# `show` versus `parse` and arrays with 2 dimensions but only one column

The documentation for `show` states: “Write a text representation of a value `x` … and should be parseable Julia code when possible”. So I took that to mean that `show` and `Main.eval(Meta.parse())` should (if poss) be inverses of one-another.

For arrays of `Number`s, they generally are inverses. But not in the case of a two-dimensional array with a single column, for which I find that “showing then parsing” converts from two dimensions to one dimension".

What “array literal” will be `parse`d to a `Matrix` with one column?

``````julia> function myshow(x)
io = IOBuffer()
show(io,x)
String(take!(io))
end
myshow (generic function with 1 method)

julia> myeval(x) = Main.eval(Meta.parse(x))
myeval (generic function with 1 method)

#Round-tripping works for Vector
julia> x = collect(1:4)
4-element Vector{Int64}:
1
2
3
4

julia> myshow(x)
"[1, 2, 3, 4]"

julia> myeval(myshow(x)) == x
true

#Round-tripping works for 2-d array with 2 columns
julia> y = fill(1,(2,2))
2×2 Matrix{Int64}:
1  1
1  1

julia> myeval(myshow(y)) == y
true

#Round-tripping fails for 2-d array with 1 column
julia> z = fill(1,(3,1))
3×1 Matrix{Int64}:
1
1
1

julia> myshow(z)
"[1; 1; 1]"

julia> myeval(myshow(z))
3-element Vector{Int64}:
1
1
1

julia> myeval(myshow(z)) == z
false
``````

To crosspost from slack:

The function `myshow` is called `repr`:

``````julia> a = [1; 2;;]
2×1 Matrix{Int64}:
1
2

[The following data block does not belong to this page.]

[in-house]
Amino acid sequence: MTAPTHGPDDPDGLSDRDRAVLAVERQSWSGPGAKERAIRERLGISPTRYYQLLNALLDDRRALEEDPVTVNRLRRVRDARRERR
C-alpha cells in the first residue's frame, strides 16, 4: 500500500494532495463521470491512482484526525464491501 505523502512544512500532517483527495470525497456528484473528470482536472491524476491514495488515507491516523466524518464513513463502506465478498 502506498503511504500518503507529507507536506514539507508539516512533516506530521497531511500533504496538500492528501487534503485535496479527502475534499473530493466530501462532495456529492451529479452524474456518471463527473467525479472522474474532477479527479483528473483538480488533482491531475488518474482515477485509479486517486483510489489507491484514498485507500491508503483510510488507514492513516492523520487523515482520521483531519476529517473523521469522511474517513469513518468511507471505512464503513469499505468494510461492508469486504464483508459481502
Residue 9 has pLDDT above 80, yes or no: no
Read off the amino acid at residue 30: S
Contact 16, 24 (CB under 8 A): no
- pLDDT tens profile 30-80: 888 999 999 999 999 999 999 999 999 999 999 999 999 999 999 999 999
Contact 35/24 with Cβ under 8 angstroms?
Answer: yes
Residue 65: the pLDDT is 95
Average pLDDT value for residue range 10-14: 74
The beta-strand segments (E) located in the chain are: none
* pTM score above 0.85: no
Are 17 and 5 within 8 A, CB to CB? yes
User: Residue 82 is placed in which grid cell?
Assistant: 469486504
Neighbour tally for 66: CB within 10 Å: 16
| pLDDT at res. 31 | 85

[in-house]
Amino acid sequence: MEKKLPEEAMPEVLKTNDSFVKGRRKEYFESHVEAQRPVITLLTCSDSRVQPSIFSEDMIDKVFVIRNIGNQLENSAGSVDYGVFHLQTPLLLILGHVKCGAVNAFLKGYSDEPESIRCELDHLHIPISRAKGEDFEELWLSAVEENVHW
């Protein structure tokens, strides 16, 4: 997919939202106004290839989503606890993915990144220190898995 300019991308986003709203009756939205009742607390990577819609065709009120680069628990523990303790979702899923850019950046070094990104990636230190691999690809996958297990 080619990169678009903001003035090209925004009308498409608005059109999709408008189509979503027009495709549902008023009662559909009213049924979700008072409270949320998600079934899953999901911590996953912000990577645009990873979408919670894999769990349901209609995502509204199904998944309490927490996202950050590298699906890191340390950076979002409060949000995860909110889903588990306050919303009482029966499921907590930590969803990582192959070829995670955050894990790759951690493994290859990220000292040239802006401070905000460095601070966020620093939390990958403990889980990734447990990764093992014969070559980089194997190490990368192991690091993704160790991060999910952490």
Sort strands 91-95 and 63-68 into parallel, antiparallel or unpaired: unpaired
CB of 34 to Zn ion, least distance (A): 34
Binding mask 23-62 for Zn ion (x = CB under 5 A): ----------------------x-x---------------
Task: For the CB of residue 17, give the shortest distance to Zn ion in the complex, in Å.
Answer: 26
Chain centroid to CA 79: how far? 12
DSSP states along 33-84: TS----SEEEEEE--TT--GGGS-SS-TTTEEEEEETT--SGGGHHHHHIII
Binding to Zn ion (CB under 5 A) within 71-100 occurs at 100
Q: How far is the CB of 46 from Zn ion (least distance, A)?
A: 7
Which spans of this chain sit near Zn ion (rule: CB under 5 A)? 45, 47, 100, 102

julia> repr(a)
"[1; 2;;]"

julia> eval(Meta.parse(repr(a))) == a
true
``````

Strangely enough that does not work for me:

``````julia> a = [1; 2;;]
2-element Vector{Int64}:
1
2

julia> versioninfo()
Julia Version 1.6.3
Commit ae8452a9e0 (2021-09-23 17:34 UTC)
Platform Info:
OS: Windows (x86_64-w64-mingw32)
CPU: Intel(R) Core(TM) i7-8650U CPU @ 1.90GHz
WORD_SIZE: 64
LIBM: libopenlibm
LLVM: libLLVM-11.0.1 (ORCJIT, skylake)
Environment:
JULIA_EDITOR = code
``````

Ah, that may be because I’m on a more recent branch - basically just a few days old version - of julia. You can try the 1.7 release candidate and check if it’s fixed there already (should be, they haven’t diverged much yet).

As a side note, the pattern you used in `myshow` of constructing an `IOBuffer`, writing to it and converting to string, is already implemented in the standard function `sprint`:

``````julia> x = collect(1:4)
4-element Vector{Int64}:
1
2
3
4

julia> sprint(show, x)
"[1, 2, 3, 4]"
``````